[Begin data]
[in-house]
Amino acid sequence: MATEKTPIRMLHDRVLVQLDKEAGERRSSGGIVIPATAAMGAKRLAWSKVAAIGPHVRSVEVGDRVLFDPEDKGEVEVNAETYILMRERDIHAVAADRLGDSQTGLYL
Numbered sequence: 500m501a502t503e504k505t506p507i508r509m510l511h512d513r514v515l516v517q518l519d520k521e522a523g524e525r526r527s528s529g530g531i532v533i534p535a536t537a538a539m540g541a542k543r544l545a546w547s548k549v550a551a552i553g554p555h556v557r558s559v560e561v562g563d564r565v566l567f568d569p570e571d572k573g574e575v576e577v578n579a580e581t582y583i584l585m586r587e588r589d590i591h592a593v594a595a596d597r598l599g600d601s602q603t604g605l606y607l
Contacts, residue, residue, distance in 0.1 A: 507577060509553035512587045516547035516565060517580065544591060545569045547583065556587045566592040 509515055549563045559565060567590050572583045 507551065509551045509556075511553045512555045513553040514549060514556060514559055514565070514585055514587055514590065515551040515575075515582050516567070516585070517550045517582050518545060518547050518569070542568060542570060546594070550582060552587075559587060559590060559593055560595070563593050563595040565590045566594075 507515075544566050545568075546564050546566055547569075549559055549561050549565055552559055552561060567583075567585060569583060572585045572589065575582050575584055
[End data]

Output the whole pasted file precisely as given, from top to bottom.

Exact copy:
[in-house]
Amino acid sequence: MATEKTPIRMLHDRVLVQLDKEAGERRSSGGIVIPATAAMGAKRLAWSKVAAIGPHVRSVEVGDRVLFDPEDKGEVEVNAETYILMRERDIHAVAADRLGDSQTGLYL
Numbered sequence: 500m501a502t503e504k505t506p507i508r509m510l511h512d513r514v515l516v517q518l519d520k521e522a523g524e525r526r527s528s529g530g531i532v533i534p535a536t537a538a539m540g541a542k543r544l545a546w547s548k549v550a551a552i553g554p555h556v557r558s559v560e561v562g563d564r565v566l567f568d569p570e571d572k573g574e575v576e577v578n579a580e581t582y583i584l585m586r587e588r589d590i591h592a593v594a595a596d597r598l599g600d601s602q603t604g605l606y607l
Contacts, residue, residue, distance in 0.1 A: 507577060509553035512587045516547035516565060517580065544591060545569045547583065556587045566592040 509515055549563045559565060567590050572583045 507551065509551045509556075511553045512555045513553040514549060514556060514559055514565070514585055514587055514590065515551040515575075515582050516567070516585070517550045517582050518545060518547050518569070542568060542570060546594070550582060552587075559587060559590060559593055560595070563593050563595040565590045566594075 507515075544566050545568075546564050546566055547569075549559055549561050549565055552559055552561060567583075567585060569583060572585045572589065575582050575584055